Raising the bar through leadership

The goalposts are shifting for service in social housing, with consumers increasingly demanding better provision.

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Awareness of competition and choice between providers – stimulated by UK government promises to introduce social landlord league tables – are leading to social housing raising its game to function more like its private sector counterparts.

As a result, tenants expect enhanced relationships with their landlords, including real-time feedback and multi-channel communication.

Social housing providers must invest in technology in order to meet changing expectations – from utilising big data for a better understanding of customer needs, to following advice in latest reports and using mobile to access hard-to-reach tenants.

However, in a sector where residents are three times more likely than their private-sector counterparts to experience a problem accessing services, it is crucial that over-reliance on digital doesn’t lead to tenants’ voices being lost.

For providers looking to navigate the changing landscape, the right leadership is the key.

Leading from the heart – collaboration, empathy and emotional intelligence

As social housing is increasingly held to commercial standards, the logical next step is looking beyond traditional channels when searching for talent.

This has seen a number of providers looking outside the social housing sector, harnessing the customer-centricity of industries such as retail, FMCG, hospitality and telecoms.

This new talent pool comes equipped with fresh thinking and skills.

Adaptive leadership takes precedence over the command and control approach – with natural empathy, emotional intelligence and an instinct for collaboration fundamental to success.

Digitisation results in a rapid pace of change, with workers, for the first time in history, having to be re-skilled multiple times throughout their career.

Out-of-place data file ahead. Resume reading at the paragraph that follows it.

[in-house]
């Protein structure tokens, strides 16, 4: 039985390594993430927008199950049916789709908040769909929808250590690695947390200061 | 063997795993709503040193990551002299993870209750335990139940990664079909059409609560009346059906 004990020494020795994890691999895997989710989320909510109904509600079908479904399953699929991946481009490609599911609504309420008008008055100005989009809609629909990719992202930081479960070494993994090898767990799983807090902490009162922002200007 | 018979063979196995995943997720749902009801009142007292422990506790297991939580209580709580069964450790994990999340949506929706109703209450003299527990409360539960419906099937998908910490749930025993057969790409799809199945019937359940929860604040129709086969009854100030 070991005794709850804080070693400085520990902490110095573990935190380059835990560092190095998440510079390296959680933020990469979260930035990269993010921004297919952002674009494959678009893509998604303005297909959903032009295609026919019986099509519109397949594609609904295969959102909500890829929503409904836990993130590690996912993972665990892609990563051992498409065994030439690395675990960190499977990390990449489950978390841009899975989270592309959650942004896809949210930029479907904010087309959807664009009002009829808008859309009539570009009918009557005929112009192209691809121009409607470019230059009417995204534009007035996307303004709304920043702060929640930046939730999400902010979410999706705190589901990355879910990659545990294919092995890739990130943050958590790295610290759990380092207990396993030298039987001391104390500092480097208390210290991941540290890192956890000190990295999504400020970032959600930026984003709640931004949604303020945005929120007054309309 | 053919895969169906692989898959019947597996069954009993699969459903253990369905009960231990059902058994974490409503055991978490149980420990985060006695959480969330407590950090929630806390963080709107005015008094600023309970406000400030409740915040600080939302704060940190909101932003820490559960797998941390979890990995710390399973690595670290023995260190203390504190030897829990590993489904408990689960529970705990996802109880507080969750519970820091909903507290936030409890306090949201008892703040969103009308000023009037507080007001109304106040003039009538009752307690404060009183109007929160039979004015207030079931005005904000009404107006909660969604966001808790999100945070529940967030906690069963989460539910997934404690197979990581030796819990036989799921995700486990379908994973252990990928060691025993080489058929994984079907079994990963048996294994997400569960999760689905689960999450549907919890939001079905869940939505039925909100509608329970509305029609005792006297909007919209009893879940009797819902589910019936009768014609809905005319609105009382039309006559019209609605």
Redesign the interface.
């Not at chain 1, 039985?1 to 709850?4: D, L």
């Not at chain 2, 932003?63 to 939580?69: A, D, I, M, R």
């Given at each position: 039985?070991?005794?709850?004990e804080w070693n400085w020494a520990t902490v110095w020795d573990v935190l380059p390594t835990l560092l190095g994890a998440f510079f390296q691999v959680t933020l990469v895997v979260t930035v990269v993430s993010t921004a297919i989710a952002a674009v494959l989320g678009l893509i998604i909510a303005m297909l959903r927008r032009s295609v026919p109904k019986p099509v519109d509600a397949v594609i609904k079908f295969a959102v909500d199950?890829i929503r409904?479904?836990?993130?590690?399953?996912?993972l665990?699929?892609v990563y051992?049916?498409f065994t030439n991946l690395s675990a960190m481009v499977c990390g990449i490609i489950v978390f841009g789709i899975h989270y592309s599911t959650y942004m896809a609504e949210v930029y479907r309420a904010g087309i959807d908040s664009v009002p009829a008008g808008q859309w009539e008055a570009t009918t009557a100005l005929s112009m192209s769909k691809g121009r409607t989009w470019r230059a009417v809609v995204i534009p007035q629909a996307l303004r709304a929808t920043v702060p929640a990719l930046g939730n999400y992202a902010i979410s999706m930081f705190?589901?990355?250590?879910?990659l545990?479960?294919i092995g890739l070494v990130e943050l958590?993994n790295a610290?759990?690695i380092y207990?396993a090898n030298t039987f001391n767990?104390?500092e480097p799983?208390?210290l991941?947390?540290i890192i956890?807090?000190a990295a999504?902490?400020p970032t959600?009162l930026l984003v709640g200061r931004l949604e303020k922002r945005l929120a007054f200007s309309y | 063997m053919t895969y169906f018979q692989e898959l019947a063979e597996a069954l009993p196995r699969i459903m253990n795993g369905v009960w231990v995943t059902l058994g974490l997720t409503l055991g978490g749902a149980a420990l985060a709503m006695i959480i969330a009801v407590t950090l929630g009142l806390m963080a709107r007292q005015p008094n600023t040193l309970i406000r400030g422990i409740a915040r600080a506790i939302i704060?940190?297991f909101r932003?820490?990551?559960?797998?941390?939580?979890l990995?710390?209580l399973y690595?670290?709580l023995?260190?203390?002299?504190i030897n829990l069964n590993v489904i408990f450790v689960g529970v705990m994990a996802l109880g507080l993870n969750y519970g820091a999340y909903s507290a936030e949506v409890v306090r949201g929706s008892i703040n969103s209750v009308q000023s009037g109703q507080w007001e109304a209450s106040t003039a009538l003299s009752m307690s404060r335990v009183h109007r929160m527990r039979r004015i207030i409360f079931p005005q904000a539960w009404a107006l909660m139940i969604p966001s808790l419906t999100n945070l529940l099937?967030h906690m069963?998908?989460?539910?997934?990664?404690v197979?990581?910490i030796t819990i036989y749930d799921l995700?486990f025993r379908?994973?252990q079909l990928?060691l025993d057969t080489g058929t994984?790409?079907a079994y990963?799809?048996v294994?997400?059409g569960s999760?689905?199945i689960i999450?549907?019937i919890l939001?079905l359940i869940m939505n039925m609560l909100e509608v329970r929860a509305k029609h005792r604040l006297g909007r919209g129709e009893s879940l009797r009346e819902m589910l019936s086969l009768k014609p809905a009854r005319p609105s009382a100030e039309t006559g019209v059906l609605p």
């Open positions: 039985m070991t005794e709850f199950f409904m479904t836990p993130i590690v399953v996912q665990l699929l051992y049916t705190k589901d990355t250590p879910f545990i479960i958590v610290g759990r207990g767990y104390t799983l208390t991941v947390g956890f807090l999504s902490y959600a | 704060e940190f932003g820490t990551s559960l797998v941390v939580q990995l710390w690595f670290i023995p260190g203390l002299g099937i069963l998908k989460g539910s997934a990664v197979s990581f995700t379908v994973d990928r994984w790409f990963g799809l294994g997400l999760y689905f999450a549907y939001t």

To keep meaningful customer relationships front-and-centre in this climate, leaders need to be able to constantly engage and motivate their workforce.

This requires self-awareness, self-regulation, empathy and motivational skills.

Leaders with these qualities will be able to ignite requisite loyalty and trust from their teams – resulting in a commitment to exceed expectations, providing the catalyst for improved customer-supplier relationships.

Naturally empathetic leaders foster a collaborative culture where excellent customer experience is seen as the responsibility of everyone involved, not just the employees in customer service.

Done well, this will see engagement improve across the organisation.

Prioritisation of tenants’ voices and living standards must come from the top.

When emotional intelligence plays a major role in how customers are viewed and treated at board and executive level, this has a knock-on effect on landlord and tenant relationships further down the line.

As we see an emerging millennial workforce driven by a purpose-led approach, in social housing this mentality directly fuels success.

Social housing leaders need to attract talent with a value-driven mindset in order to drive a customer service revolution.

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